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National Lab Faces Backlash After Offering 'Southern Accent Reduction' Class

Oak Ridge National Laboratory is in hot water after offering its employees a class for “Southern accent reduction” last week, as reported by Campus Reform.

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Oak Ridge National Laboratory faced a backlash after offering its employees a "Southern Accent Reduction" course.Image credit: Gator87, Wikimedia CommonsThe $850 weekly course aims were to help employees “learn to recognize the pronunciation and grammar differences that make [their] speech sound Southern, and learn what to do so [they] can neutralize it through a technique called code-switching,” according to the email sent out to staff, as quoted by Campus Reform

However, the course was cancelled after employees took offense to the email. 

“[The email] was perceived by a lot of folks, due to the label, as us having a problem with Southern accents, but that was not at all the intent,” Oak Ridge spokesperson David Keim told Inside Higher Ed. “We have been in Tennessee for 70 years–we do not have a problem with Southern accents.” 

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He added to Inside Higher Ed that the lab, which has 4,400 employees from 90 countries, often holds classes for non-native English speakers in order to modify their accents. The Southern accent class came about as the result of a professional development request by a native English speaker “to deal with a Southern accent,” Inside reported.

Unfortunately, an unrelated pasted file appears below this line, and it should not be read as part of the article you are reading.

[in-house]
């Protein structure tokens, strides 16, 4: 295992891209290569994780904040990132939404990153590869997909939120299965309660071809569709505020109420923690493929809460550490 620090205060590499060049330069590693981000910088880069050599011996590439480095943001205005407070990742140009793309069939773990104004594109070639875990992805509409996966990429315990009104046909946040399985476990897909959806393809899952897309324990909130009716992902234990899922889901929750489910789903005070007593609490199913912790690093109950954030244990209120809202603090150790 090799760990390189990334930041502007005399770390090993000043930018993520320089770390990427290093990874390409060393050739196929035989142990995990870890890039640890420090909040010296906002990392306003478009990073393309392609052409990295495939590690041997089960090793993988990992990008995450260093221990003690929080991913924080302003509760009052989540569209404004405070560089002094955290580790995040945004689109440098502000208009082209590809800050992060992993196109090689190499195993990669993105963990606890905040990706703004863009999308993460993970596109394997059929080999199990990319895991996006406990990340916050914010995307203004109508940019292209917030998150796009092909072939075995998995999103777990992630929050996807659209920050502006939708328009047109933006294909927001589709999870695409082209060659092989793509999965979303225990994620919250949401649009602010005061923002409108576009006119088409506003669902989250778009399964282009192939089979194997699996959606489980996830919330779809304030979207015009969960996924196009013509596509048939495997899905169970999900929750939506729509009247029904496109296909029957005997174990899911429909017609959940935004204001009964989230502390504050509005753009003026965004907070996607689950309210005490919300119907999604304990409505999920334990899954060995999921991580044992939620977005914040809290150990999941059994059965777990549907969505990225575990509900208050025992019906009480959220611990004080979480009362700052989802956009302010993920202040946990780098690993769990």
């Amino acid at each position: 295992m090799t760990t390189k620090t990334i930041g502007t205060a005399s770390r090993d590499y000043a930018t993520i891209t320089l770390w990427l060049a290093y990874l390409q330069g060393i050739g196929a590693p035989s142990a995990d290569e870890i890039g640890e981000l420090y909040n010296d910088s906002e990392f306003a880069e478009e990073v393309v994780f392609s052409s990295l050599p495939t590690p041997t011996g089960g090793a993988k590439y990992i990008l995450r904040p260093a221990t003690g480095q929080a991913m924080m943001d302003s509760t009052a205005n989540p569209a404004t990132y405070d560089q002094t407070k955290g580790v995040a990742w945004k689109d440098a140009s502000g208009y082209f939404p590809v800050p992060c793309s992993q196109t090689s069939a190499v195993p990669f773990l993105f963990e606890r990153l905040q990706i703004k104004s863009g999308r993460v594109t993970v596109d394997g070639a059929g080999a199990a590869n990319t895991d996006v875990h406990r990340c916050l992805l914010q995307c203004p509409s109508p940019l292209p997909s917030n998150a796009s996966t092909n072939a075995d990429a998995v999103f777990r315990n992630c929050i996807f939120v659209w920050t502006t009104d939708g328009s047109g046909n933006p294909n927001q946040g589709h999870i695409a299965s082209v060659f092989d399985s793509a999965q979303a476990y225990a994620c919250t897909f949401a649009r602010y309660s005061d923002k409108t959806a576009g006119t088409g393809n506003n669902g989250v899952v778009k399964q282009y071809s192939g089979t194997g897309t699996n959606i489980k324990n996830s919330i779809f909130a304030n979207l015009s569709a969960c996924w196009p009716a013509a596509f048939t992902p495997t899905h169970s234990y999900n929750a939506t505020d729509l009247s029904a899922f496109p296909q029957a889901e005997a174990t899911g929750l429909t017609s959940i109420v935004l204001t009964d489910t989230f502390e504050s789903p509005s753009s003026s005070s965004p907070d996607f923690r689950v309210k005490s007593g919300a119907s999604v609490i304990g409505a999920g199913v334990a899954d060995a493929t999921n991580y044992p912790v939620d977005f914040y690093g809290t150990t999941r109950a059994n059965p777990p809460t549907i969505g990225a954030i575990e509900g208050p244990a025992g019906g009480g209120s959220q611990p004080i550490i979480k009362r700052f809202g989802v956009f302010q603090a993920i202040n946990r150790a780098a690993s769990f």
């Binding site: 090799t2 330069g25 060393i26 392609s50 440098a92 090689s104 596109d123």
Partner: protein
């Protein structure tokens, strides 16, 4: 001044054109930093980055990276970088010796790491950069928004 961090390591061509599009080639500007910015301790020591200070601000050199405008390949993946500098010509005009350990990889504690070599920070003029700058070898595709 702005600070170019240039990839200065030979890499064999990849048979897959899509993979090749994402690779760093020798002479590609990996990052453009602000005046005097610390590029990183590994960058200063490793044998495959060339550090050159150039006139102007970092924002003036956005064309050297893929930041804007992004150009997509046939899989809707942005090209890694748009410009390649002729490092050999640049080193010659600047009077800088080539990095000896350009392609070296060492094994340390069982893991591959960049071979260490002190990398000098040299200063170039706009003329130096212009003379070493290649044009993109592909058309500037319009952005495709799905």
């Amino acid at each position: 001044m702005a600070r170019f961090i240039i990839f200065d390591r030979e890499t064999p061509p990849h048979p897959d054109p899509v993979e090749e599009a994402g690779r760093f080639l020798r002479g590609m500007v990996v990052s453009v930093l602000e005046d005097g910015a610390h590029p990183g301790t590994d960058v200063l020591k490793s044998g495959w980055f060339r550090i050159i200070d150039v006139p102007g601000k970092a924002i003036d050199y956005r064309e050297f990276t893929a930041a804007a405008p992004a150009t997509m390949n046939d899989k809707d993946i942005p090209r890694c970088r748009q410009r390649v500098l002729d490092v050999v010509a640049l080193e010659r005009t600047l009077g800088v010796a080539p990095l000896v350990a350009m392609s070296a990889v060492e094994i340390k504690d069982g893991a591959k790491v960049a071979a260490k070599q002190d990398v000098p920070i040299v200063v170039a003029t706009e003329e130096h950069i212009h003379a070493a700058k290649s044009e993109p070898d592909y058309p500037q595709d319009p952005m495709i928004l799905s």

However, Keim admitted that the email was not well-worded.

“We wanted to make it say that we want to give employees the tools to communicate effectively,” he said to Inside Higher Ed. “It was not at all a judgment about the validity of any particular accent.” 

According to Bethany Dumas, a professor emerita of linguistics at the Oak Ridge-affiliated University of Tennessee at Knoxville, language courses like the one offered by the lab are quite valuable in the professional world. 

“There’s a bit of pressure in the professional world–including in academe–to suppress regional accents associated with negative stereotypes, such as the ‘redneck” Southerner,’” she told Inside Higher Ed. “So some choose to learn another, more ‘standard’ dialect.” 

She agreed that the Oak Ridge email should have been worded differently, suggesting to Inside that it should have focused on “the nature and function of dialects in the U.S.” rather than on “how to change dialects.” 

With the cancellation of the course, it’s not yet known how Oak Ridge will fulfil the needs of the employee who requested the training. 

-With files from Campus Reform and Inside Higher Ed